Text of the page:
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  1. #1
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    Which SS is right for me?

    Earlier this year my girlfriend started mountain biking with me and I bought her a Specialized Fatboy. She's made a ton of progress but a lot of the rides became boring for me due to the slow speed and not feeling like I was getting a workout. The local dealer had a great price on a Cannondale Trail SL 29 Rigid SS so I bought it tthinking even the simplest trails would become a challenge. I swapped parts out to suit my needs and it's probably the most fun I've ever had on a bike. My rip 9 and specialized Fatboy with a bluto never get ridden anymore. The only problem I have is that the geo isn't quite suited for about half of the trails I ride. These trails are extrmely rocky and best ridden with a fs bike. The cannondale feels a little fragile to me and it's a little sketchy on the steep technical downhills. I'm planning selling my fatboy or rip 9 and getting a singlespeed better suited for rocky trails and small to medium sized drops and jumps. . I'd appreciate help in finding the right bike.

    I need something compliant. I have a lot of health issues and lots of pain some days. A comfortable bike would help with motivation on days I'm not feeling well.

    I plan on running a 100mm fork. I hate suspension bob and don't like having to lock forks out.

    Climbs are important me. Downhills are my strength so a great climbing bike would be preferred over a super slack downhill bike.

    Sliding dropouts are preferred but not required.

    Looking at either carbon or steel

    29 preferred.

    Frame weight isn't too critical. I plan to spend the majority of my budget on wheels.

    I'd like to stay under $5000 for the entire build.

    I've owned a yelli screamy and the Canfield nimble 9 might work but im a little concerned about frame compliance and it seems unnecessarily heavy.

    My body weight is 165

    I really appreciate you taking the time to read everything and would love some input on which bike would be best for me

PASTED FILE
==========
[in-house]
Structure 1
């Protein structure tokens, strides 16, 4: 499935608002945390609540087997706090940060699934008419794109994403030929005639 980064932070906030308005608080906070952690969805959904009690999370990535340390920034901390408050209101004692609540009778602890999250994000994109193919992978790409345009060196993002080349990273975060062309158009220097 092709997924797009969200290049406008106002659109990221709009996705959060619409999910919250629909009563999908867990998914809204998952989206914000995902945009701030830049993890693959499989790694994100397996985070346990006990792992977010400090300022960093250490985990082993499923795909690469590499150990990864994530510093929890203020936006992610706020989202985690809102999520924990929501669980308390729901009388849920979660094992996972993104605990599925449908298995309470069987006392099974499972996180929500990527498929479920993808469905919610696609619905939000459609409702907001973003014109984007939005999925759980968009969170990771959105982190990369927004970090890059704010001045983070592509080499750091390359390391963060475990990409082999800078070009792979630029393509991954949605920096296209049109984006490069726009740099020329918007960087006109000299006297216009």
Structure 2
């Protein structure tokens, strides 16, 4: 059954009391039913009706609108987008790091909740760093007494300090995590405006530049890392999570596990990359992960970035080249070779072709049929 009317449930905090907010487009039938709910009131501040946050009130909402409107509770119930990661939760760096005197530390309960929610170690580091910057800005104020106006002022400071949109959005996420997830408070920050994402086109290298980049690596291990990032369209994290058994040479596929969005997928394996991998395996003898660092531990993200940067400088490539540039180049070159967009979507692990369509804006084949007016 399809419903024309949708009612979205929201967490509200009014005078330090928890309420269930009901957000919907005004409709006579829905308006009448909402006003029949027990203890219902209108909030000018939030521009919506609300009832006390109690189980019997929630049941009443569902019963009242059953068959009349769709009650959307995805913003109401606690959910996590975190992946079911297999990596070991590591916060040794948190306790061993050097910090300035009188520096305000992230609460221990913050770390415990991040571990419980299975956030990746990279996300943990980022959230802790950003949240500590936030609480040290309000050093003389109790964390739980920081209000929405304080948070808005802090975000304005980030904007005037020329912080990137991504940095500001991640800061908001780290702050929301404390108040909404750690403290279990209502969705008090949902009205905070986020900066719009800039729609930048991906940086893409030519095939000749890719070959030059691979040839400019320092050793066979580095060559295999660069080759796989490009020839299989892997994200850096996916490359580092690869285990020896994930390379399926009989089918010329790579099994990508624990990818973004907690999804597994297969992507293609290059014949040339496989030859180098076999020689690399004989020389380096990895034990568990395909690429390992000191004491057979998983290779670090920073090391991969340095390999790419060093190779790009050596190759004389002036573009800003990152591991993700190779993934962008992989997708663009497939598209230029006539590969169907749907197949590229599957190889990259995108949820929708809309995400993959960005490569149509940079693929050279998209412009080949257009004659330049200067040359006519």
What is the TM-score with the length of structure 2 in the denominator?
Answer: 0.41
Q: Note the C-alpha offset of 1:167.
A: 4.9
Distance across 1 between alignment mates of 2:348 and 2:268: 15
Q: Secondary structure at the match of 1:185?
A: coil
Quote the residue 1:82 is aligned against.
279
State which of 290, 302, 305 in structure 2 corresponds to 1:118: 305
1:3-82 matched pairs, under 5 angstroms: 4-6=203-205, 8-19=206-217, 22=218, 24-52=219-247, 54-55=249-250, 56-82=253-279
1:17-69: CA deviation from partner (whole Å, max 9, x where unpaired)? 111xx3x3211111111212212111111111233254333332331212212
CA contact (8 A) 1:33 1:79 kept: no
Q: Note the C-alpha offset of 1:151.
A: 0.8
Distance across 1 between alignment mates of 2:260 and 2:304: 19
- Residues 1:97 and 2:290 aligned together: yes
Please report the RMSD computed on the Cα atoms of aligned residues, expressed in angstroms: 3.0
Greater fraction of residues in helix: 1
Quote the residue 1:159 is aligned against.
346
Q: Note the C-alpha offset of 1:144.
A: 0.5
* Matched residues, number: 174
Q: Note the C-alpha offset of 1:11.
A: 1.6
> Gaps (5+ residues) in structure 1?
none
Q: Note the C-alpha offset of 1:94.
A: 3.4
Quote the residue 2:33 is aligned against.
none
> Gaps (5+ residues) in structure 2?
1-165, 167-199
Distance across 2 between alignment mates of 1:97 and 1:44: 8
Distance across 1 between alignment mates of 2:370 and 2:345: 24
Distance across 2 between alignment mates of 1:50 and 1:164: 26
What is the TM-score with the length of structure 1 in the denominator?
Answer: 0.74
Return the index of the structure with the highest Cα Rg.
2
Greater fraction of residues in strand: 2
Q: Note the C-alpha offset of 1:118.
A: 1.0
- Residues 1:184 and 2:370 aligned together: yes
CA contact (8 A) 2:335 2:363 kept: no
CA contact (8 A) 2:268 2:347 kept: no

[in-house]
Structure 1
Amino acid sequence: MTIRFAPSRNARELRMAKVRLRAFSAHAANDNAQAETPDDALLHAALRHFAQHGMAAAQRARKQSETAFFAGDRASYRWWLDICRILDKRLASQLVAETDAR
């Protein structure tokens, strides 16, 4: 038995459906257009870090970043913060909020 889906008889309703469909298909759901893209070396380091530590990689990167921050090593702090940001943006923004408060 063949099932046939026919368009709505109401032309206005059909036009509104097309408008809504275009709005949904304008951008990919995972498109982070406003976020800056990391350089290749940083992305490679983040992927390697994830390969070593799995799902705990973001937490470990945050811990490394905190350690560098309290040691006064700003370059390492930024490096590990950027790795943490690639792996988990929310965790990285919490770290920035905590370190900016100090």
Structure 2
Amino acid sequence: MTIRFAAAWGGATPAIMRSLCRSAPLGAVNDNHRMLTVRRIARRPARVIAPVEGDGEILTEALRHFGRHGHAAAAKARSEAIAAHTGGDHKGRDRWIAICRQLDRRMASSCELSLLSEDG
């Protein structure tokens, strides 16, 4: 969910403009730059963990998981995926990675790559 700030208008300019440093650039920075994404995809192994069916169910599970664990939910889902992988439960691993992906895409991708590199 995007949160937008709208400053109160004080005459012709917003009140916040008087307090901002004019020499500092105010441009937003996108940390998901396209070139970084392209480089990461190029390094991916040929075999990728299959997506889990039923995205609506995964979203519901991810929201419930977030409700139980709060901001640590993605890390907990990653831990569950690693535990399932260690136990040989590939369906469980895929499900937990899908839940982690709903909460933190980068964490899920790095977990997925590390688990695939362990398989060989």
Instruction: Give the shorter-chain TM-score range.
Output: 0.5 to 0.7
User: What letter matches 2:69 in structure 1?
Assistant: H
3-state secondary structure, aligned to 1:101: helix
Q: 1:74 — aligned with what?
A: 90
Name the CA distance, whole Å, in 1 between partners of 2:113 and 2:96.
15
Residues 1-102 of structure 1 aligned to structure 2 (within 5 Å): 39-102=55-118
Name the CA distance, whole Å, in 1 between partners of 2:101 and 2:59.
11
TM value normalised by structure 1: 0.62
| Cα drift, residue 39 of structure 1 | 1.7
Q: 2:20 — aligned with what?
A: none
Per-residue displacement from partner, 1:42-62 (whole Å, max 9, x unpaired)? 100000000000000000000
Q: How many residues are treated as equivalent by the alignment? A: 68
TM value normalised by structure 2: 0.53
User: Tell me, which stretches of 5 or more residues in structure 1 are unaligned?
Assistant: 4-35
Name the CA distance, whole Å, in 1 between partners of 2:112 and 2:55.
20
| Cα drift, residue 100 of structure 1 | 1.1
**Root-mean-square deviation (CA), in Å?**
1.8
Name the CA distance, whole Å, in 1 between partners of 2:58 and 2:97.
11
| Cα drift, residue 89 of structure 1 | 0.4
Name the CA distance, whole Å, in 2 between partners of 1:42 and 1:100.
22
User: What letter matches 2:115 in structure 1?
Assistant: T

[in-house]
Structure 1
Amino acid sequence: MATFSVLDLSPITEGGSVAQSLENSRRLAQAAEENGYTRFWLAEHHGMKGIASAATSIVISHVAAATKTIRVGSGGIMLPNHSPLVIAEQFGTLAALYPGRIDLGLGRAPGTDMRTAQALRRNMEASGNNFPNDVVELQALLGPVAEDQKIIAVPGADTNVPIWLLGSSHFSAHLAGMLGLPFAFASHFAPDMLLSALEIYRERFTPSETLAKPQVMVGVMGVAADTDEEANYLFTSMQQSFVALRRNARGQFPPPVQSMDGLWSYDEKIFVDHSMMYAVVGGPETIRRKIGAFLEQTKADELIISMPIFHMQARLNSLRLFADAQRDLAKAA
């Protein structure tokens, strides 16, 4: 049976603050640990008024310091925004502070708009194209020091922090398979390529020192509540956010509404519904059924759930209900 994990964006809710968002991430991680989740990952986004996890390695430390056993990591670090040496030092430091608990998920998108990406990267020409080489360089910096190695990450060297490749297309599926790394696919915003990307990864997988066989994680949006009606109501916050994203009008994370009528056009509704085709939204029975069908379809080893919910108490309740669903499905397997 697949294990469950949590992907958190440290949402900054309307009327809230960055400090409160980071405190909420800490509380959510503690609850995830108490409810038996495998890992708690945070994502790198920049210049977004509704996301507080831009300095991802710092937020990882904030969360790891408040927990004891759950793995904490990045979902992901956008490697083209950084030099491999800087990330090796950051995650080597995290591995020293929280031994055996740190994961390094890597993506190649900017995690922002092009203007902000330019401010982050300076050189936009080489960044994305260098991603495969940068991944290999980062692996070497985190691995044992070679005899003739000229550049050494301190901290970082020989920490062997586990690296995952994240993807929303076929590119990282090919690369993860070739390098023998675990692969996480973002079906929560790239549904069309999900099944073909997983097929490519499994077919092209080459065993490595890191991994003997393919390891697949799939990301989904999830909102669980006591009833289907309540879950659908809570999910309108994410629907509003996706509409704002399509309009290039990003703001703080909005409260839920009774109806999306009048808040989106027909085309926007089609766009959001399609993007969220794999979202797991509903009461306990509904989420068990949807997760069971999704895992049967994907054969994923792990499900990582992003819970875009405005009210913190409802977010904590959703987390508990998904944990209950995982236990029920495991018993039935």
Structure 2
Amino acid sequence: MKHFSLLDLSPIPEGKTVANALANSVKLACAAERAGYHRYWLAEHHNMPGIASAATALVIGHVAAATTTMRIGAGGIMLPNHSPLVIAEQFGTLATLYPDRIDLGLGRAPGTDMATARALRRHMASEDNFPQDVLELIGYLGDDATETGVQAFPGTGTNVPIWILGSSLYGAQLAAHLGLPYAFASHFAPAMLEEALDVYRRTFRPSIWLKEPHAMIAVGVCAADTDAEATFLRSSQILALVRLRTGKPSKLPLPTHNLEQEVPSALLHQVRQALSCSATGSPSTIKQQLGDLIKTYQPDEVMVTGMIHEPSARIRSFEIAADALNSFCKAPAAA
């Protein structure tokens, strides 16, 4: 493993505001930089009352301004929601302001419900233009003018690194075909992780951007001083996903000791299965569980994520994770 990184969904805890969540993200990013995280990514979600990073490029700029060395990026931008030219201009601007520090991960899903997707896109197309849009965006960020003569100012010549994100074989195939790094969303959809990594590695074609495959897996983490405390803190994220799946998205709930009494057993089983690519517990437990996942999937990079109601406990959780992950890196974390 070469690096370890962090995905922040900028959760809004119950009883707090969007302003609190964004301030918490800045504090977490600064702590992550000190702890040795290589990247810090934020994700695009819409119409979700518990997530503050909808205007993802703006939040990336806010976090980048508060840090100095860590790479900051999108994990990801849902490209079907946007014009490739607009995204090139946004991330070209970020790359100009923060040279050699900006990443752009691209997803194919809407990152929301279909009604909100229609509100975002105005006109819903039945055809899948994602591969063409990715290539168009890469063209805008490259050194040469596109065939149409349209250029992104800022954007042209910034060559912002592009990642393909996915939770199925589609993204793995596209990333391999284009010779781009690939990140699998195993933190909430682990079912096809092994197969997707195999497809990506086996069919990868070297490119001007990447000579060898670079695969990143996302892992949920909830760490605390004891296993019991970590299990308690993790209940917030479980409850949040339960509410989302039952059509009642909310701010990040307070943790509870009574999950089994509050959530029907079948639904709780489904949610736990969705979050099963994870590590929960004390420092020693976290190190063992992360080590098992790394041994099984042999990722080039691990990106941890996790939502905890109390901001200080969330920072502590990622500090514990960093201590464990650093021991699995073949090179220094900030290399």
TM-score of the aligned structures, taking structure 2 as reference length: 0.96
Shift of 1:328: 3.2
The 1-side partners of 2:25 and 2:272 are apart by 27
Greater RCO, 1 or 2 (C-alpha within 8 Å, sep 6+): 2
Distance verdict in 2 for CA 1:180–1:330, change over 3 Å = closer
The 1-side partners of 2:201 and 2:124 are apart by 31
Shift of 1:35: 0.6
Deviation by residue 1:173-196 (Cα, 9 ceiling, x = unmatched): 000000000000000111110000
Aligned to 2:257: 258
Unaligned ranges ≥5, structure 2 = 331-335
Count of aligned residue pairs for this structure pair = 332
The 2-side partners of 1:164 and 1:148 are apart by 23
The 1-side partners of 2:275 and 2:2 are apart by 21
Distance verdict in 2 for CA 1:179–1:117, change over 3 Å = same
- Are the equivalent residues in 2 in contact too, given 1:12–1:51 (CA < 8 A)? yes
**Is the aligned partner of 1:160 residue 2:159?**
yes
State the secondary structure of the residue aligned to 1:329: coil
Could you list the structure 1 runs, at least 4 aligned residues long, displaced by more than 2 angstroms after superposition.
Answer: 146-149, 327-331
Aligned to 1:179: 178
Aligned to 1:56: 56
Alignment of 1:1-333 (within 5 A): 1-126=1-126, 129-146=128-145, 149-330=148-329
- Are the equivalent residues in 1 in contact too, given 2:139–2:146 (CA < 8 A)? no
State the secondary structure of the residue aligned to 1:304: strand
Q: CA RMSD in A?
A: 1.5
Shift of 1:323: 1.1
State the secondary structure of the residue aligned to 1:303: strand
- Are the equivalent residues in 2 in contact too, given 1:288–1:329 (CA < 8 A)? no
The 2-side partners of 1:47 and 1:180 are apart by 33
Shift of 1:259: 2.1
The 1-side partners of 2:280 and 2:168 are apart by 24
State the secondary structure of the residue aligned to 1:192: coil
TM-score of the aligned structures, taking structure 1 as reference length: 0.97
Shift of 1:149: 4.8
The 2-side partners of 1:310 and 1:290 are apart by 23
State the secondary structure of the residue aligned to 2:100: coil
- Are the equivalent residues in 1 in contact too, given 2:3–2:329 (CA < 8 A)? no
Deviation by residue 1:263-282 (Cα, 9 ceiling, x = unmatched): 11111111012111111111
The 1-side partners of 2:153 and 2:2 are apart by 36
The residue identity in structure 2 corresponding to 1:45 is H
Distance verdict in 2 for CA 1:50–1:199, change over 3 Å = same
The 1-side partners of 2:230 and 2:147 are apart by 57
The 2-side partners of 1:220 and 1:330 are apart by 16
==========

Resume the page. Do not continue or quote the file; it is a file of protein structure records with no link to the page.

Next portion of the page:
2. #2
    The White Jeff W
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    You might dig one of the 29+ bike like the Krampus or Carver Gnarvester. The semi fat tires would give you the cush you're after and both have sliding dropouts. Just a thought
    No moss...

  3. #3
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    Look into the new 27.5+ thing, maybe all you really need is wheels, not a new bike.

    Also, don't discount a slightly more slack bike. Something like a Canfield Nimble 9 with 27.5+ wheels and tires could be the ticket for you. Slack head tube angles are very forgiving in the chunder, and it will still climb pretty darn well because it's a hardtail. the extra cush of plus sized tires will help with comfort while maintaining the same outside rolling diameter of the 29er you're used to.
    "...when I stand to climb I'm like the Hulk rowing the USS Badass up the Kickass River."
    -michaelscott

  4. #4
    Hairshirt Rider
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    Spot Honeybadger. With your budget you can buy the frame and build up a really nice bike.

  5. #5
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    Thanks. Not really familiar with some of these suggestions so I'll have to do some research. One concern about the 27.5+ or 29+ is rotating weight. That's a lot more important to me than frame weight.

  6. #6
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    Which SS is right for me?

    Custom steel or Ti with light wheels.

  7. #7
    Gotta pay to play
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    Look at a Jones with a fat front. There is also a very long thread in the 29er forum discussing the bikes.

    My Jones is the best bike I've ever ridden and while it isn't as comfortable to bomb down chunky hills as a FS bike- I choose to ride SS and I choose not to ride HT because of the various design flaws that come with only front suspension- so rigid is the only way to go for my riding philosophy.

  8. #8
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    Being that you already own a Niner product you should consider the S.I.R 9. I don't own one but I've heard nothing but good about them. It's #1 on my wishlist.

  9. #9
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    In the orig. post you spoke about good climbing and light wheels. You may want to consider something like Industry Nine wheels with light weight tires like Racing Ralph. Outside of snow, I think really big riders benefit more from the 29+ vs. lighter guys. Also, the 27.5 format really for small riders and/or making room for 140mm travel forks. Some riders need 27.5 to get low bar position but this is pretty rare. At 165#, 29er with normal widths should work pretty well for you in most conditions.

    In terms of bike, hardtail design is going to come down to riding style. I do a lot of endurance trail riding and enjoy racing events like six hour or the NUE 100 format. A single speed climbs pretty darn well so I prefer a design that supports descending. With a slightly slack headtube angle, longer frame, and a short stem my bike sorta looks like an enduro hardtail although I don't yet ride with a dropper post. Geared riders sometimes have problems with climbing on bikes designed like this because the front end becomes too light when climbing in the saddle. As a single speed rider, I am out of the saddle on most climbs so weight on the front end is not a problem. A setup for single speed is more then just putting sliders on a typical XC build; you may want to consider a bike that is 10mm or so longer then you would use for geared riding and pair it with a shorter stem.